A Florida woman who ran a gun rights Facebook page came under mocking fire from gun control supporters on social media last week after she was shot in the back by her four-year-old son with a carelessly stored pistol.

A gun-loving Florida mom was accidentally shot in the back by her 4-year-old son with a .45-caliber pistol he found on the floor of her pickup truck, police said Wednesday.

Jamie Gilt, 31, was driving to a relative’s home on Tuesday afternoon to pick up a horse when the boy, who was sitting in the seat behind hers, pulled the trigger, the Putnam County Sheriff’s Department said in a news release.

A deputy noticed Gilt’s truck and horse trailer and “observed an adult female in the driver’s seat motioning to him as if she needed assistance,” the release said. “The deputy ran to the vehicle and quickly determined that the driver had been shot.”

Gilt was rushed to hospital in Gainesville, Florida, where she was in stable condition. Her boy, who was not harmed, was turned over to relatives, the release said.

The Florida Department of Children and Family Services is investigating how Gilt’s son got his hands on her pistol.

“The firearm was legally owned by the victim and the child came to possess the firearm without the victim’s knowledge,” the news release stated.

But under Florida law, “it a misdemeanor for a person to store or leave, on a premise under his or her control, a loaded firearm in such a manner that it is likely a child can gain access to the firearm.”

Gilt is incredible lucky.  She could have died from the shot in the back that exited her stomach. She could have wrecked as a result of the shot. Her child could have killed himself with the weapon she did not secure, and instead left within his reach.

American citizens can and should exercise the natural right of armed defense with the ownership of firearms reflected in the Second Amendment. That right, however, comes with responsibilities, including the safe use and storage of firearms.

Ms. Gilt clearly left a firearm where her child could find it, with some news accounts asserting that she had it shoved in a pocket in the back of the driver’s seat.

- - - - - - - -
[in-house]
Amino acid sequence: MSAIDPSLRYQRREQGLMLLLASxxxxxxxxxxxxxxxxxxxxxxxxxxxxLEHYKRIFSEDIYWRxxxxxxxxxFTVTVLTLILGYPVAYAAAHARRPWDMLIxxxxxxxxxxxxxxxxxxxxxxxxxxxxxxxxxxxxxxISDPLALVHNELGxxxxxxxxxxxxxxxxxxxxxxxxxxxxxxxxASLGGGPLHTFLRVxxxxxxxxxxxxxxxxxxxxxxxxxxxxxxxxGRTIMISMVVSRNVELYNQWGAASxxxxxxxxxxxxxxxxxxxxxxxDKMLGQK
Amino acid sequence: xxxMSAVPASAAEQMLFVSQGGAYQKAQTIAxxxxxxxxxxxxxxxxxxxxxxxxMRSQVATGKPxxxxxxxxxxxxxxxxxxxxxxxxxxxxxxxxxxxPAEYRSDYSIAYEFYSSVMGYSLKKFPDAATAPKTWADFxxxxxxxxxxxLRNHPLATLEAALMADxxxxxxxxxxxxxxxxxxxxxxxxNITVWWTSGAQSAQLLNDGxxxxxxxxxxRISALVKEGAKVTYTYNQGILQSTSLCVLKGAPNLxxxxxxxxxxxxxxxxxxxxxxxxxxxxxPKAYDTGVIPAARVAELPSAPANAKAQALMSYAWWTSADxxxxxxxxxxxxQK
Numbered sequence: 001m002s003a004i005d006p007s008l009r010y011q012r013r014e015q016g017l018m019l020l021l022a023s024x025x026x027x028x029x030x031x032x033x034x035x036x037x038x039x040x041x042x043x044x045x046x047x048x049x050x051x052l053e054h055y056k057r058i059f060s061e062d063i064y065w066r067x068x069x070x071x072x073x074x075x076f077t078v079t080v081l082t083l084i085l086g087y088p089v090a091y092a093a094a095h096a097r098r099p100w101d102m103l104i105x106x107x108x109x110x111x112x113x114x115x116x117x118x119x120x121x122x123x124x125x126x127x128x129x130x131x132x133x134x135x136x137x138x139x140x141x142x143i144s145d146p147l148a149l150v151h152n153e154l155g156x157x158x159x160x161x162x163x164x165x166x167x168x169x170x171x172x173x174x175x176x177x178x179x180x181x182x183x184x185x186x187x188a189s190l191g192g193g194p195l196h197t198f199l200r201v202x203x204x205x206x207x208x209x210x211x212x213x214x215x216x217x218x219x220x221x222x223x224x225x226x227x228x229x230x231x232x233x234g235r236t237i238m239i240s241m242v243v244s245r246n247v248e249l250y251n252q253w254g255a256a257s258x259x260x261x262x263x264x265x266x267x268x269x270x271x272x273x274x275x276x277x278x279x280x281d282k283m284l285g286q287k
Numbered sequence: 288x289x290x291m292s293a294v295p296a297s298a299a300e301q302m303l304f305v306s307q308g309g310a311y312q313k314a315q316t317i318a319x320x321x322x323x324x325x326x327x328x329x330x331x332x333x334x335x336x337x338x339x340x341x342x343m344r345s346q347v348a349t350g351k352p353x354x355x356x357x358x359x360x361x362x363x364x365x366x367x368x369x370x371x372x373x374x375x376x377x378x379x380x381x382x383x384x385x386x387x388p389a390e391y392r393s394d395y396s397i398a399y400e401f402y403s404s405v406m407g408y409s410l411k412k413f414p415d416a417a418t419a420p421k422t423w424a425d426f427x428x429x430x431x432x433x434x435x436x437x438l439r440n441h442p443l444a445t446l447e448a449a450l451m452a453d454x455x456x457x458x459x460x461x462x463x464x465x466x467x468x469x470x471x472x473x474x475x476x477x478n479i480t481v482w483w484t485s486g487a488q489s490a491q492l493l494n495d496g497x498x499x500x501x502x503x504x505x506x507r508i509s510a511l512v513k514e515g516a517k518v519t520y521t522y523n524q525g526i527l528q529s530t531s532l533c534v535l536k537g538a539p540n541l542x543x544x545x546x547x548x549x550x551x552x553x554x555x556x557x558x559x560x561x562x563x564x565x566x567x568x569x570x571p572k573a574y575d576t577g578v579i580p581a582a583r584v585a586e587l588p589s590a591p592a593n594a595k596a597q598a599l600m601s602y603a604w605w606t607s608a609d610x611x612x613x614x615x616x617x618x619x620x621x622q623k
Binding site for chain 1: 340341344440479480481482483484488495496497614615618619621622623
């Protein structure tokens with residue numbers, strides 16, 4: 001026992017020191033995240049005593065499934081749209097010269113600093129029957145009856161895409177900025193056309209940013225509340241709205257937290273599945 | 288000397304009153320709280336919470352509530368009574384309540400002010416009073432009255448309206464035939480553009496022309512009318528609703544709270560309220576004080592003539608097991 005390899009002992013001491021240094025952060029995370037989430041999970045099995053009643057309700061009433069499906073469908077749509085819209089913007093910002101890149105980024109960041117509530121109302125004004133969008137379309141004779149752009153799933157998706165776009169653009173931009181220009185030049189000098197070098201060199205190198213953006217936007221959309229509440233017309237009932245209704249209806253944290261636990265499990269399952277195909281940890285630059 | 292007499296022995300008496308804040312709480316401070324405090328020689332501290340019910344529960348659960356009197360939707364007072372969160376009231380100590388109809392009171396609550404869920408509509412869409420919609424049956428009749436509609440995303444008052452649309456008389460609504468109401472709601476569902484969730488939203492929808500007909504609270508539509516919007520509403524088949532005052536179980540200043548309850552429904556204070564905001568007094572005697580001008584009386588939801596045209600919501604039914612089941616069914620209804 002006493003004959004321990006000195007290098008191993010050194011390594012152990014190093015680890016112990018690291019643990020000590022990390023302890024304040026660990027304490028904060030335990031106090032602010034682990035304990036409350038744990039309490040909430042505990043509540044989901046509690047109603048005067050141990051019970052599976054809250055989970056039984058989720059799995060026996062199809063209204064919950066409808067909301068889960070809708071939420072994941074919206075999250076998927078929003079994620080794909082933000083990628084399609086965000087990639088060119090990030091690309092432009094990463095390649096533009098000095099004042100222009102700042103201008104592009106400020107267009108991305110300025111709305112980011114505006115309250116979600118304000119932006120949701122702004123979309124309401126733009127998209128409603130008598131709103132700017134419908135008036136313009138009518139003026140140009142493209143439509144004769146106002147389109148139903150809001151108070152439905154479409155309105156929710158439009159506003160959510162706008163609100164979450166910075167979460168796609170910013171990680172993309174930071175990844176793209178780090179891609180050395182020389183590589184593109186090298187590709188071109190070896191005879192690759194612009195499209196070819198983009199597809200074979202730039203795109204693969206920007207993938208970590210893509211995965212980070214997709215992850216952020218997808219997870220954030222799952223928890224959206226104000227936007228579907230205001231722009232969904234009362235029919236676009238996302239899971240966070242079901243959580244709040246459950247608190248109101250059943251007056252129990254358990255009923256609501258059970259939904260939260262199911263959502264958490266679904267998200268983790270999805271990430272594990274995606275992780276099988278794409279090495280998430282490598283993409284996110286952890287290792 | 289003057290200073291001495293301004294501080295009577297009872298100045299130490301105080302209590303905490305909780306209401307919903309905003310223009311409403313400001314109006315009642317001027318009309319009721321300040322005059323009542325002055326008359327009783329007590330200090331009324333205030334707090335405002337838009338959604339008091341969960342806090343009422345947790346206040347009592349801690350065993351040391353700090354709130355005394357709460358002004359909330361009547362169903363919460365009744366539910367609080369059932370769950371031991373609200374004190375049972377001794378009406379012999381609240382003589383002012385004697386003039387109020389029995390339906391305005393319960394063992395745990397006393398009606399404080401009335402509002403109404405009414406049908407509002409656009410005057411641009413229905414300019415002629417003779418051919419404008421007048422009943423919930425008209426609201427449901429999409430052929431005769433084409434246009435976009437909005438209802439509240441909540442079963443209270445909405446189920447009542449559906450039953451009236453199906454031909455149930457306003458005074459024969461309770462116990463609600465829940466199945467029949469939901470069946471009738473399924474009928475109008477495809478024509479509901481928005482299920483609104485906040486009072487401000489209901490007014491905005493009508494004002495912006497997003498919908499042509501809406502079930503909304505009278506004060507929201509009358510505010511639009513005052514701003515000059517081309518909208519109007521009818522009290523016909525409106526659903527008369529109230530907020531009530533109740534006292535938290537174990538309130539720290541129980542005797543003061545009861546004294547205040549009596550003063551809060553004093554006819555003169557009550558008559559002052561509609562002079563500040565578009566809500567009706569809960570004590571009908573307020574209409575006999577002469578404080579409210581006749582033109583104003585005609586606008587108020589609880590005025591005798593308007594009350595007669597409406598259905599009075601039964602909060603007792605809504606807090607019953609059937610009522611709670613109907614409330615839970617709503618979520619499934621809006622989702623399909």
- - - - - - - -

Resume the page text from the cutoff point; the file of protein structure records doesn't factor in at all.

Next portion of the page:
While many parents wisely and correctly start teaching their children gun safety at an early age, the fact remains that children are curious by nature, and don’t always listen to their parents. As parents, we have a moral, ethical, and typically a legal obligation to store our firearms in a manner so that they cannot be accessed by curious children.

If a firearm is not under your immediate control, it should be locked up, and that applies both in the home and on the road.

Depending on the make and model of her truck Ms. Gilt might have had the option of locking her gun in a glove box or center console. Even if she didn’t have access to a locking glove box or console, a locking gun storage container such as a Nanavault is inexpensive and provides unobtrusive protection from both small hands and casual thieves (when used with the included security cable) for the cost of a few boxes of defensive ammunition.

We’ll be spending some time in coming months talking about various kinds of safe storage designed to give you quick access to your firearms, while still preventing them from falling into the hands of children and smash-and-grab burglars.

Gun safety is everyone’s responsibility.

We are glad that Ms. Gilt survived this mistake, and hope that she recovers quickly and as fully as possible. We also hope that she uses this incident as a teachable moment to help remind other gun owners that safe storage and useful of firearms is everyone’s responsibility.